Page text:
Local briefs for Aug. 31
Nonprofit coffee house seeks scrap metal donations
Rosewood Café, a nonprofit community coffee house at 609 S.E. 162nd Ave., Portland, is hosting a scrap metal drive and barbecue from 8 a.m. to 3 p.m. Saturday, Sept. 10.
The café is collecting any scrap metal to be recycled for cash for the build-out of the café. Anyone who has any scrap metal or anything made of metal can bring it to the cafe. If you have something too big to move, email rosewood
For more information about The Rosewood Initiative and the Rosewood Cafe, visit rosewoodinitiative.org/about.
Corbett to host back-to-school cookout Sept. 7
The Corbett School District will host a Back-to-School Celebration from 5:30 to 8 p.m. Wednesday, Sept. 7, in Jeff Lucas Memorial Stadium, 35800 E. Historic Columbia River Highway.
The celebration will feature a cookout and bazaar, awards ceremony, information booths, and classroom visits.
There will also be an introduction of the schools' fall athletic teams.
For more information, call 503-261-4200.
Wastewater treatment cleanup bothers neighbors
Neighbors in the vicinity of the Gresham Wastewater Treatment Plant on Sandy Boulevard near 201st Avenue have been complaining about loud, piercing noises being emitted from the plant from 9 a.m. to 5 p.m. weekdays.
Mike Nacrelli, a civil engineer with the plant, said subcontractors are cleaning up a bed of organic mulch, which is used for odor control around the air pipes. Because the vehicles can't drive onto the field where the pipes and mulch are located, he said, the contractors have to park a large vacuum truck nearby, which is the cause of the noise. He said the mulch has to be replaced about every 10 years.
Nacrelli said the subcontractor, Bravo Environmental, expected to finish the project in about two weeks, but it's taken longer because of equipment breakdowns and because workers have had to break up the mulch with shovels for it to be vacuumed up.
'We're in the fourth week and should be done by (Wednesday),' he said.
Nacrelli said the cleanup is part of a larger project at the plant, which is undergoing multiple upgrades. He said future cleanup projects shouldn't generate as much noise.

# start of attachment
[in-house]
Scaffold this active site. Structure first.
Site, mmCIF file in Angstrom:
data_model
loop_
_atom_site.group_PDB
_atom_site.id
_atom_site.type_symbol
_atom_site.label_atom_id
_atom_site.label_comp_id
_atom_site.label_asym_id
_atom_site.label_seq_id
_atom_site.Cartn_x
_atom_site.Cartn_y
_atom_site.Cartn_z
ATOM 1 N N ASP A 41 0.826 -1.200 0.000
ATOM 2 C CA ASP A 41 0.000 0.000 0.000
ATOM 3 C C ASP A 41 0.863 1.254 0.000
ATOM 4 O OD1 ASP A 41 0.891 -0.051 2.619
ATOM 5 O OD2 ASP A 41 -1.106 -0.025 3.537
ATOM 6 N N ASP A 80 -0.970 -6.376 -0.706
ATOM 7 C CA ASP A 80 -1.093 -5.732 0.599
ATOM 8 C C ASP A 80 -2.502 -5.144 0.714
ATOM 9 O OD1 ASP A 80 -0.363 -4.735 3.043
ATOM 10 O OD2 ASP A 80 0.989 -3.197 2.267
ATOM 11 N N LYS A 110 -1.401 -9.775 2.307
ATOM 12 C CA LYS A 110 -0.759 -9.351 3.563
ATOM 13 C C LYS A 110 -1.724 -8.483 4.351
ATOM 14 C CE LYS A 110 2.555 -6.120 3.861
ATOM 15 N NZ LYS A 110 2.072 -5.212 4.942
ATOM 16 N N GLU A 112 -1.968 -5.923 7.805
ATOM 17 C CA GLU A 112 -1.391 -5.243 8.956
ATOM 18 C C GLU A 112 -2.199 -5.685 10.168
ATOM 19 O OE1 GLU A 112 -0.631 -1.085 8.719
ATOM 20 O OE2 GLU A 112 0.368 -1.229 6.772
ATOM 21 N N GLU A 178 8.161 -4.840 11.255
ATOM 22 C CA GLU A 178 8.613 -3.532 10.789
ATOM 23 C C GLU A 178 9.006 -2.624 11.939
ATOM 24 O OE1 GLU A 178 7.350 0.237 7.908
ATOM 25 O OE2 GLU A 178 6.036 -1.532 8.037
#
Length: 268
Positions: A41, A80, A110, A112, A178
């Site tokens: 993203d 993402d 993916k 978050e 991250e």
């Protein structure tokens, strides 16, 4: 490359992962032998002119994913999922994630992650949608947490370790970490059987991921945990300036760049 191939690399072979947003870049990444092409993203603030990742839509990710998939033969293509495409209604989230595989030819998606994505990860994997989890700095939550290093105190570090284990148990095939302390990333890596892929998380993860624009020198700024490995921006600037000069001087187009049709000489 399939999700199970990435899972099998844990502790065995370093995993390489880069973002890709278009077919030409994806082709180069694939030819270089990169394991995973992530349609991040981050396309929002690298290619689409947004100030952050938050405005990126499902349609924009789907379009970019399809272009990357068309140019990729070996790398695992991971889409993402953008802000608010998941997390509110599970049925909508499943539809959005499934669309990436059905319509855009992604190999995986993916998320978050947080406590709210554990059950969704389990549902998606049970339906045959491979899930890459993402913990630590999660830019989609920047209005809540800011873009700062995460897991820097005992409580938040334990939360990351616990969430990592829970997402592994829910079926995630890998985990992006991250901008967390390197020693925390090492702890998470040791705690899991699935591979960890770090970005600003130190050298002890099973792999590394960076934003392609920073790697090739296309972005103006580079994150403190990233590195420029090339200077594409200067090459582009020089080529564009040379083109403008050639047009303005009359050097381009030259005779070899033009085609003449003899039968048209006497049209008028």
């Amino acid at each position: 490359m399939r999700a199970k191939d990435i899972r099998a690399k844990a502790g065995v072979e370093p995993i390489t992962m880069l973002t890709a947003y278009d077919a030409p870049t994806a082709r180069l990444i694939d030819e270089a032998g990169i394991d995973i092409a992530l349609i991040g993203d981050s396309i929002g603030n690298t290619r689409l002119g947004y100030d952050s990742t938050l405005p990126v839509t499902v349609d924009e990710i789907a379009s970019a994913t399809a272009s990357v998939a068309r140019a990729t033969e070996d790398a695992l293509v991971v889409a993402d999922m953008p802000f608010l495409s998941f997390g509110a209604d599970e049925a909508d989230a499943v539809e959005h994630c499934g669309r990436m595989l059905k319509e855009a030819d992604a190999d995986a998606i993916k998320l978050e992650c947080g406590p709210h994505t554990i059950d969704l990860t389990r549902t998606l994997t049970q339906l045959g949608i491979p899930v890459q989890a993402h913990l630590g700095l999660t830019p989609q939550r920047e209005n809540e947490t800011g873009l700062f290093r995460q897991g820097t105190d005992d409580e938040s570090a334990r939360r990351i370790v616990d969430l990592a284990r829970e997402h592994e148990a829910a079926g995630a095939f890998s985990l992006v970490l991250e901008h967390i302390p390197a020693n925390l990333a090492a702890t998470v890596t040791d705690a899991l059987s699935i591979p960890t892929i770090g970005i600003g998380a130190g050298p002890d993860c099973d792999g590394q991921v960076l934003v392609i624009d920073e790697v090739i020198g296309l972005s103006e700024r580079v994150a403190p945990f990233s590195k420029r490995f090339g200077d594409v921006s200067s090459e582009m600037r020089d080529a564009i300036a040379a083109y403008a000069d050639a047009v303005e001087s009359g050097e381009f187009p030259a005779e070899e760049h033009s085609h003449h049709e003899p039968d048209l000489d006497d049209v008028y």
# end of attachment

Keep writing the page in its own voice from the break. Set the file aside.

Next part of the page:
Scam artists target Wells Fargo customers
Scam artists are targeting Wells Fargo customers in the Portland area. A number of customers have received automated phone calls asking for personal identification information, said Wells Fargo spokesman Tom Unger in a news release.
The scammers typically target customers of a bank that has a large customer base to increase their chances of actually reaching a customer of that company.
If a consumer is suspicious about a request for personal information that he or she receives through an email, text message, website, by mail or phone, he or she should verify the request calling the number listed on their bank's website, billing statement or on the back of their debit or credit card. For more information, visit wellsfargo.com.
Enter oldest fridge contest, win replacement
Energy Trust of Oregon is seeking Oregon's oldest fridge - so it can be unplugged and recycled, saving its owner hundreds of dollars each year in energy costs.
Energy Trust is kicking off its first-ever Oldest Fridge Contest this September to help Oregonians save more money by unplugging their refrigerator relics and recycling them through Energy Trust's refrigerator recycling service. A fridge built before 1993 can waste up to $200 a year in energy costs, compared to today's more energy-efficient models, which average only $40 a year to operate.
To take part in the contest, owners simply sign up during the month of September to have their fridge recycled through Energy Trust, which provides free pick up and recycling of working fridges, plus a $50 cash incentive in return. Freezers are also accepted. The oldest fridge recycled wins the title of Oregon's Oldest Fridge, and its owner will receive a brand new qualifying energy-efficient appliance, up to a $1,000 value.
Fire closes campgrounds, trails
Wildfire on the east side of Mount Hood, caused by lightning storms, have closed trails and campgrounds, according to Mount Hood National Forest.
They include the Vista Ridge Trail, Gnarl Ridge Trail, Elk Gove Trail, Pinnacle Trail, Cloud Cap Campground, Tily Jane Campground and Kinnikinnick Campground.
'We're just asking people to be very careful,' said spokesman Rick Acosta. 'We need to prevent any human-caused fires.'